Who or what inspired you to pursue a career in music and who or what have been the most important influences on your musical life and career?
If I had to pinpoint the moment when I decided to pursue music professionally… I remember attending a solo concert by legendary harpist Xavier de Maistre in my hometown Saint-Prex, Switzerland. It’s a small village so finding this concert listed on his website was surreal. He played Handel’s concerto which I was practising at the time. I hadn’t realised until then that you could pursue a career as a solo harpist so this moment was a real turning point in my teenage years in realising that this path could be possible.
My biggest support throughout my journey is undoubtedly my family. They have always supported me in pursuing music, despite that no one was involved in music at all. My parents put everything in place so that I could develop as a musician, so I would never be there if it hadn’t been for their continuous support and that of my teachers from that early stage. It really takes a village.
What have been the greatest challenges of your career so far?
The pandemic was a pretty grim time, professionally. I had just graduated from the Guildhall School of Music & Drama, had concerts and an exciting project with visuals scheduled as well as a wide repertoire on my fingertips ready to play. Like so many of my colleagues, everything was cancelled overnight without real support in place. It was especially destabilising as I had just entered the professional musical world so there was always the question hanging “what if it never picks up and that’s it, you’re done?”.
At the same time, this period allowed me to develop other interests such as photography and filming and explore a lot of repertoire such a music by Philip Glass, Joep Beving and Henriette Renie’s rarely heard yet stunning Concerto in C minor. Looking back it made me realise that to me music transcends our inherent human condition of being alone. That’s a beautiful experience to share and communicate with an audience and this thought gave me a deep intrinsic motivation boost especially during these uncertain times.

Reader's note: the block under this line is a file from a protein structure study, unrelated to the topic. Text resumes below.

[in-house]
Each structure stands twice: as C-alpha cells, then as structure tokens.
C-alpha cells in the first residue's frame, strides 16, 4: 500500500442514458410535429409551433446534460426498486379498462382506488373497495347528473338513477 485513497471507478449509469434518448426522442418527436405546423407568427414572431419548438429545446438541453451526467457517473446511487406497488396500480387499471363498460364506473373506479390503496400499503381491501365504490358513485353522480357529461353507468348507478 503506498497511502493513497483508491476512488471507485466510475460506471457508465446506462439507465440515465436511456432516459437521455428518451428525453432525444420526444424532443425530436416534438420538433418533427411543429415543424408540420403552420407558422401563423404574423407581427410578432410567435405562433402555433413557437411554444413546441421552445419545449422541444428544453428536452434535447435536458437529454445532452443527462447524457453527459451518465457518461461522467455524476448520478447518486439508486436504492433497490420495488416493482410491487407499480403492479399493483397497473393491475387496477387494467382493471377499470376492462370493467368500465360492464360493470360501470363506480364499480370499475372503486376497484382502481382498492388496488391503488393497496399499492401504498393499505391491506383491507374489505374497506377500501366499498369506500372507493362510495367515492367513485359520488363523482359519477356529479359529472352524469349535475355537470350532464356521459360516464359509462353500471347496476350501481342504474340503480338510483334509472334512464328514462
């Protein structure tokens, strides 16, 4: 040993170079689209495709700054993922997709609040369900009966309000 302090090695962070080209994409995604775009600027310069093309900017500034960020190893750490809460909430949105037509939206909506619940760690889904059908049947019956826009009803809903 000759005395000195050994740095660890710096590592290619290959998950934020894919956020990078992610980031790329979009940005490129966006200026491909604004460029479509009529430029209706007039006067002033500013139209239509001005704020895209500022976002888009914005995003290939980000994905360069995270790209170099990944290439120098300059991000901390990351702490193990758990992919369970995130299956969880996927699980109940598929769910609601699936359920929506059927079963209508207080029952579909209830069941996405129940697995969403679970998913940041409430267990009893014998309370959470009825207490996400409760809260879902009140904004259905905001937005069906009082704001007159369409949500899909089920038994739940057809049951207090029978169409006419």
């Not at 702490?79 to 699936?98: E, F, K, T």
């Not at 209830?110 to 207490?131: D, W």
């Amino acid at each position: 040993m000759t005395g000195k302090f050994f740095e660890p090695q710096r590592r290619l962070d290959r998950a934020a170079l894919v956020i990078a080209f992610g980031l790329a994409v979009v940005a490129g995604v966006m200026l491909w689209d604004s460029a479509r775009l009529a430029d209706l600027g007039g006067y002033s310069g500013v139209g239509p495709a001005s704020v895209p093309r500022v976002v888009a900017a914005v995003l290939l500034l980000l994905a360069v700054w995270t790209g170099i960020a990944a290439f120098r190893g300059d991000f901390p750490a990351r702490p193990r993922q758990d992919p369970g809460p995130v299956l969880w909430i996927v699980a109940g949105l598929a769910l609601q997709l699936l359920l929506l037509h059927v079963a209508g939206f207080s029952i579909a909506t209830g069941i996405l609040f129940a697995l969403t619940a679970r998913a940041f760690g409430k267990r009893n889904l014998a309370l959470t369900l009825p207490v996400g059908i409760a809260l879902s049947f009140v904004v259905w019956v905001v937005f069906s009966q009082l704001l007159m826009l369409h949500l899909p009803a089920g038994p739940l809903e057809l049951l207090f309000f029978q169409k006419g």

Which performances/recordings are you most proud of?
Two live performances come to mind, firstly playing Ravel’s Introduction & Allegro at Wigmore Hall with Guildhall musicians. This is such a mythical venue that I thought I would be nervous, yet I felt comfortable and there was a deep sense of flow with everyone in the chamber ensemble and the audience.
Another defining moment was my first solo concert as a new graduate in Autumn 2019 at St James’s Piccadilly Church. I felt such freedom and exhilaration for being the artist I wanted to be in that very moment. You can watch the encore I played, I am sure you will recognise this piece.
Otherwise I am very proud of the first single I distributed online “Rameau: Le Rappel des Oiseaux”. This transcription I did of this charming piece with bird-like melodies echoing one another evoked my grandparents which I couldn’t see or hug during the pandemic, so it felt a testimony to their mutual love and like a musical hug to them. It was selected on the Spotify New Classical Releases too so a happy moment.
You can listen to it here:
Which particular works/composers do you think you perform best?
I’m known for being a communicative, energetic yet delicate and detailed player. I have a deep fascination for the work of Henriette Renie, the harmonies and stories she tells with the music are incredible, it is pure poetry in sound. Pieces that are always very impactful include my own transcriptions of J.S Bach and Philip Glass. Generally I am drawn to music in minor keys with patterns or counterpoint, they are the most natural for me to learn and convey emotions with.
What do you do off stage that provides inspiration on stage?
I believe that everything I live through in my personal life will somehow infuse my music to a variable degree. My appeal for meditative neoclassical works was clearly a reflection of my own personal life during the pandemic, a search for meaning. Interacting with friends and other artists, cultivating a practice of art beyond music are all essential to my artistic growth.
I am a keen photographer and fun story: while walking during the pandemic with my camera I filmed a hurt butterfly landing on my arm. Taking part in the global “Mixing Colours” competition among two thousands photographers, my video ended up being chosen as the official film for Brian and Roger Eno’s Cerulean Blue released on the Deutsche Grammophon YouTube Channel: